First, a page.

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Biodiversity Blog


Meet Stengl-Wyer Scholar: Christopher Hemingson

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Chris lays a transect tape along the reef crest. This is one of the most common techniques used to quantify the cover of various substrates (e.g. corals, sand, rubble, etc.). Photo credit: Victor Huertas

Christopher Hemingson is one of our 2022 Stengl-Wyer Scholars who is working with Dr. Simon J. Brandl at the Marine Science Institute. As part of the Stengl-Wyer Endowment, the Stengl-Wyer Postdoctoral Scholars Program provides up to three years of independent support for talented postdoctoral researchers in the broad area of the diversity of life and/or organisms in their natural environments.

Christopher took some time to speak with us about his research as an evolutionary ecologist working with coral reef ecosystems.

Tell us where you came from before UT, and what you studied then?

I am a Texan native, born and raised in Houston. After finishing my Bachelor of Science at Texas A&M University, I took a big leap and moved to Townsville, Australia for graduate school where I completed both my Master’s and PhD at James Cook University. JCU is situated at the doorstep of the Great Barrier Reef and is renowned for its coral reef research. During my PhD, I began to explore some of the evolutionary drivers of some specific colors and patterns on coral reef fishes. As I was new to this field and it was not my supervisor’s expertise, I had to learn a lot on my own as I “found my feet”. I gained a passion for reef ecosystems during my time in Australia at JCU. Thus, when I applied to the Stengl-Wyer Scholars program, I proposed a project that continues to work on coral reefs; building upon the research I conducted during the end of my PhD.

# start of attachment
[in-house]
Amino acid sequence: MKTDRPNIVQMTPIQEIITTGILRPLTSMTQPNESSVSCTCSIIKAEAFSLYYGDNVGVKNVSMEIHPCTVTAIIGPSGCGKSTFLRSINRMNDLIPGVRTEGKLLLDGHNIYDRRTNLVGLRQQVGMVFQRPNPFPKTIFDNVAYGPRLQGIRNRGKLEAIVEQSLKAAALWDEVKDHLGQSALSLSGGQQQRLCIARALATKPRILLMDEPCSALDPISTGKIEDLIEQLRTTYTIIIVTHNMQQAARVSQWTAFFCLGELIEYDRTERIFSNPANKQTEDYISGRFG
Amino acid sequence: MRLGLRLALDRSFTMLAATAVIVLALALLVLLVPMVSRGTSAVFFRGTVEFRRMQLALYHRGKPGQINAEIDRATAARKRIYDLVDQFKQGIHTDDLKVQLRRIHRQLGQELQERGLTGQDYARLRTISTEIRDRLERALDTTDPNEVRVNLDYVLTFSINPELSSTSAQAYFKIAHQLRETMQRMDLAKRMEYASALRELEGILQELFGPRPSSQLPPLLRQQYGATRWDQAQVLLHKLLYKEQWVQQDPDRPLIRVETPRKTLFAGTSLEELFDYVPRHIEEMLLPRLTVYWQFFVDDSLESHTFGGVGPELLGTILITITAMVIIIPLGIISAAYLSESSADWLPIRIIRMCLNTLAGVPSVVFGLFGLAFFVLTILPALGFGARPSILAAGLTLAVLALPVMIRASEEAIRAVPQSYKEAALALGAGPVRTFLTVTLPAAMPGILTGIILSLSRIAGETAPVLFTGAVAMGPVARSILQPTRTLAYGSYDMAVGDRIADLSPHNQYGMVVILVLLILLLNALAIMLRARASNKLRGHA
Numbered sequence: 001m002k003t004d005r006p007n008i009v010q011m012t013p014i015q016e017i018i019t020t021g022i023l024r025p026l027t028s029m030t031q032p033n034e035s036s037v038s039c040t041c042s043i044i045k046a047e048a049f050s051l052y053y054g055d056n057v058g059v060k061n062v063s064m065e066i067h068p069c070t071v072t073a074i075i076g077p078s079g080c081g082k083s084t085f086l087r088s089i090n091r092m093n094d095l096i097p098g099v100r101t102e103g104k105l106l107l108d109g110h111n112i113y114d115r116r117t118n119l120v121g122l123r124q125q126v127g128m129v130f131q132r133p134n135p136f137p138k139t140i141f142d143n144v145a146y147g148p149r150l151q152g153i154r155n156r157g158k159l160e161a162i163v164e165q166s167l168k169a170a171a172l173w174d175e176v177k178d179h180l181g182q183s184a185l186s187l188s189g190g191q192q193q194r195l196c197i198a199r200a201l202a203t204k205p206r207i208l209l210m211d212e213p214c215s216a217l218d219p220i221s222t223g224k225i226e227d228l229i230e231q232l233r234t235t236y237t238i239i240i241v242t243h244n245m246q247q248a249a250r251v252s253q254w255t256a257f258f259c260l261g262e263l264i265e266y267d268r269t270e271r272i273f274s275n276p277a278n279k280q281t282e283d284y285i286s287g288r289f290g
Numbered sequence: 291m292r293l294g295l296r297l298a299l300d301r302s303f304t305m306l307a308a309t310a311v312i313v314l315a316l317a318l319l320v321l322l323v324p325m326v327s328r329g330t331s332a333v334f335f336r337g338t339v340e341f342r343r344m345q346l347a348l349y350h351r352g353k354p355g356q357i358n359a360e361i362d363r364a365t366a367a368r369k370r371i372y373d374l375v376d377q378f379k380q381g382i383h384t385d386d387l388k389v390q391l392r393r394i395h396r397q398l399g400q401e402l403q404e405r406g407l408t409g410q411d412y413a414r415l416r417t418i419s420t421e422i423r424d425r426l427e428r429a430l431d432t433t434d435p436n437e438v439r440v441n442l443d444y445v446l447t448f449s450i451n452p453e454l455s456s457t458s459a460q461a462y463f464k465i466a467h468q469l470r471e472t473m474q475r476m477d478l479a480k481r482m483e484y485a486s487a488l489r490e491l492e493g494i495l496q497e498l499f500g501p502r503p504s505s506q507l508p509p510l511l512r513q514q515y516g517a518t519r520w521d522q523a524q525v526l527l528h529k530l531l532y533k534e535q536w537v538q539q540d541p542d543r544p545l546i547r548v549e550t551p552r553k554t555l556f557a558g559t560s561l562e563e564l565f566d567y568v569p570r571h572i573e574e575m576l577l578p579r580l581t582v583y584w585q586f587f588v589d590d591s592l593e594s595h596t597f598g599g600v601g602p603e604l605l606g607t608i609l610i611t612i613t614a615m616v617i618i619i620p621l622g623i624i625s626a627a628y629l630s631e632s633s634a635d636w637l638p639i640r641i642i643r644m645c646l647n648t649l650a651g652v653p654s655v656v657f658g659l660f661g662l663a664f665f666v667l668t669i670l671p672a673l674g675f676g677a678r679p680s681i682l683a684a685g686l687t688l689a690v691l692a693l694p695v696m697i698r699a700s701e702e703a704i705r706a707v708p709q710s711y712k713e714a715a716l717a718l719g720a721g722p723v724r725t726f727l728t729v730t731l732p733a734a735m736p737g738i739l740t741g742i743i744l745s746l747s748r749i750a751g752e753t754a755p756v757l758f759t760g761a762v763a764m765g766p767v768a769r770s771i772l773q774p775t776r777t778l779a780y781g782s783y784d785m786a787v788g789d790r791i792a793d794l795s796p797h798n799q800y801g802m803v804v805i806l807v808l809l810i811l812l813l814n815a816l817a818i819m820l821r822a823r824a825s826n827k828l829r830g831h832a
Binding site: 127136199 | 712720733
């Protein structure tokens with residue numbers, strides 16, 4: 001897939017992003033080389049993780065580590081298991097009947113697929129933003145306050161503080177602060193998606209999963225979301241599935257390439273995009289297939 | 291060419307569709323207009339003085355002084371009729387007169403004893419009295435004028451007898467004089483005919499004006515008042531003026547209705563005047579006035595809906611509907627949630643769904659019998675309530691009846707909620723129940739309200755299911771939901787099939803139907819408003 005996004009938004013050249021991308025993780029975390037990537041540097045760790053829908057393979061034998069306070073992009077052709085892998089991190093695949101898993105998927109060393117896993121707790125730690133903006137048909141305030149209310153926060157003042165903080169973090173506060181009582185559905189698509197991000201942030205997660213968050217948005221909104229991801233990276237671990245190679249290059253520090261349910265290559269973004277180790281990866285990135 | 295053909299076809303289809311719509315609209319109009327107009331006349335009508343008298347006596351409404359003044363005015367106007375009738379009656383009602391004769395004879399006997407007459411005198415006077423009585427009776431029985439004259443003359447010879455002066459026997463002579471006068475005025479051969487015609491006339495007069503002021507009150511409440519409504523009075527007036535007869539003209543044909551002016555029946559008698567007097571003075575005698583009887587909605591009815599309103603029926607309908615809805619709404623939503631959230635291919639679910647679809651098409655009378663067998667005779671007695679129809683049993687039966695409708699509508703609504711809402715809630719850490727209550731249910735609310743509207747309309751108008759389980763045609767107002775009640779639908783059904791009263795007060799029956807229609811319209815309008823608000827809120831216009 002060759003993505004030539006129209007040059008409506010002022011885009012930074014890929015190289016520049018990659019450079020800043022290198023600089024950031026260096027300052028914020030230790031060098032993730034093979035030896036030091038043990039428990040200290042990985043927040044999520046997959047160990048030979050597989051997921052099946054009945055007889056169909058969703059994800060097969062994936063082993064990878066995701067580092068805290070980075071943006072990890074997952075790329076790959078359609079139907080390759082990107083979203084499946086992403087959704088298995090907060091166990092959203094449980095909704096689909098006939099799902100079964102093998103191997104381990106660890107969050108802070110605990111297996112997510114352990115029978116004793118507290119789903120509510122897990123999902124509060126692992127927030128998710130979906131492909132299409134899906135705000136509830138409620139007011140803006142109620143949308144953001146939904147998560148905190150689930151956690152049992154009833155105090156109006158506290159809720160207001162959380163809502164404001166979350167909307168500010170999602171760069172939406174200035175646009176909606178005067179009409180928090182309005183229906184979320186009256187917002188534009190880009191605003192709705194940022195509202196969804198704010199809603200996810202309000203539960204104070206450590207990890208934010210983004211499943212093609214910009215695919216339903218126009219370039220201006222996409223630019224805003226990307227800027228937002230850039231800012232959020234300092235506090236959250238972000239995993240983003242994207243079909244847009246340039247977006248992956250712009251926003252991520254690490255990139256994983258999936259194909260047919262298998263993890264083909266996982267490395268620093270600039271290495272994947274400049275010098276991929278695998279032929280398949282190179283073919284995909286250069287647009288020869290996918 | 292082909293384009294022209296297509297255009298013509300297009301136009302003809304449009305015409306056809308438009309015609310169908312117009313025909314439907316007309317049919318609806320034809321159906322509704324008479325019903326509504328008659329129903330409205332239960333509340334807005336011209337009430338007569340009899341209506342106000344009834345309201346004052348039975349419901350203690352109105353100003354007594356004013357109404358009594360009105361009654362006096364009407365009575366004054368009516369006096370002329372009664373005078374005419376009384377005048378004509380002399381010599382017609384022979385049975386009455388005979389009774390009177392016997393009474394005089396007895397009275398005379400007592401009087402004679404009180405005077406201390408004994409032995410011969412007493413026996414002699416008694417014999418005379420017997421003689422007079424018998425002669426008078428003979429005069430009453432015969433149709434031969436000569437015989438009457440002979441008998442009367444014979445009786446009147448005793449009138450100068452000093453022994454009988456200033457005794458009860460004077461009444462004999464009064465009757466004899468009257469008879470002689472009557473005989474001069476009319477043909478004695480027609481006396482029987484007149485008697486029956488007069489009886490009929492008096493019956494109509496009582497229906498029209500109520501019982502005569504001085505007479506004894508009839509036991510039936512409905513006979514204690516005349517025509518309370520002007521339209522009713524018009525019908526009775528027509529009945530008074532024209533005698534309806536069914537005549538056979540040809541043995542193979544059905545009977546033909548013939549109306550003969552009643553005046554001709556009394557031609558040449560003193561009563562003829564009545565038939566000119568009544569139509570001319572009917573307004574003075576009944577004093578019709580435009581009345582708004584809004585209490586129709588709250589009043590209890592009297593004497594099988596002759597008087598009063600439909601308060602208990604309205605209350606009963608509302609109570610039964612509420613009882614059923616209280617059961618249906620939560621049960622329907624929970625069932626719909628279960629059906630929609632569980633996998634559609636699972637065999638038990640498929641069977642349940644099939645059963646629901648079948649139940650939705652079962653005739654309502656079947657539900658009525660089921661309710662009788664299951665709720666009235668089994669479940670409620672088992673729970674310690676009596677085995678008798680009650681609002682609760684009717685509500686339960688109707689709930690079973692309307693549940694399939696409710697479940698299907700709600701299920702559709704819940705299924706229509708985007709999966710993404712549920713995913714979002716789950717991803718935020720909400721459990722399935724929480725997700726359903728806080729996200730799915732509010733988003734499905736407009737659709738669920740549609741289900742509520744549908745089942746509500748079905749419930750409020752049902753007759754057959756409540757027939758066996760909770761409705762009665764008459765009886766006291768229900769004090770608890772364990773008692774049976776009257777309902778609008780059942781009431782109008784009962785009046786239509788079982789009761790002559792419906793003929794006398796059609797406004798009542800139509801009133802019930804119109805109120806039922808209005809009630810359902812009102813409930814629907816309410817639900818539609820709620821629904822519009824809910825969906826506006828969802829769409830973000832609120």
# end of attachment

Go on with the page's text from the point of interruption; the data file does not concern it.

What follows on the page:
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Eviota melasma, a small cryptobenthic fish that is plentiful on the GBR. Part of Chris’s PhD work studied these fishes (amongst others) to understand how their coloration was related to coral cover. (Photo credit: Victor Huertas)

You study coral reef systems to understand their evolution. Can you tell us how you go about this?

I am specifically interested in trying to understand what factors were important for causing reef-dwelling organisms (primarily fishes) to evolve such a vast array of different colors and patterns, and importantly, how this may be changing as reefs change. Colors and patterns are a pretty tricky field to study, as their description and measurement is highly dependent on the visual capabilities of the viewer. Therefore, you must ensure that you are using tools that can objectively measure these features without imposing human bias. I use high resolution digital imaging to capture color and pattern data from fishes. We do this by collecting the fish, bringing them to the lab, and photographing each specimen in exquisite detail using a highly standardized protocol. Thus, with these standardized images, we can measure different aspects of each fish’s coloration and make comparisons between species. Much of the work that I will be doing in my tenure as a Stengl-Wyer Scholar will use new ways of measuring coloration for entire communities. So instead of just analyzing the appearance of a single species in isolation, I will use techniques that consider the collective appearance of multiple species simultaneously. Doing so lets us measure how colorful or drab a certain community is, which then gives us the ability to try and understand what local biotic (like the composition of corals in that area) and abiotic factors (like water clarity) are important for determining that community’s appearance. Tackling these questions will help us better understand what aspects of coral reefs led their resident fishes to evolve such amazing colors and patterns.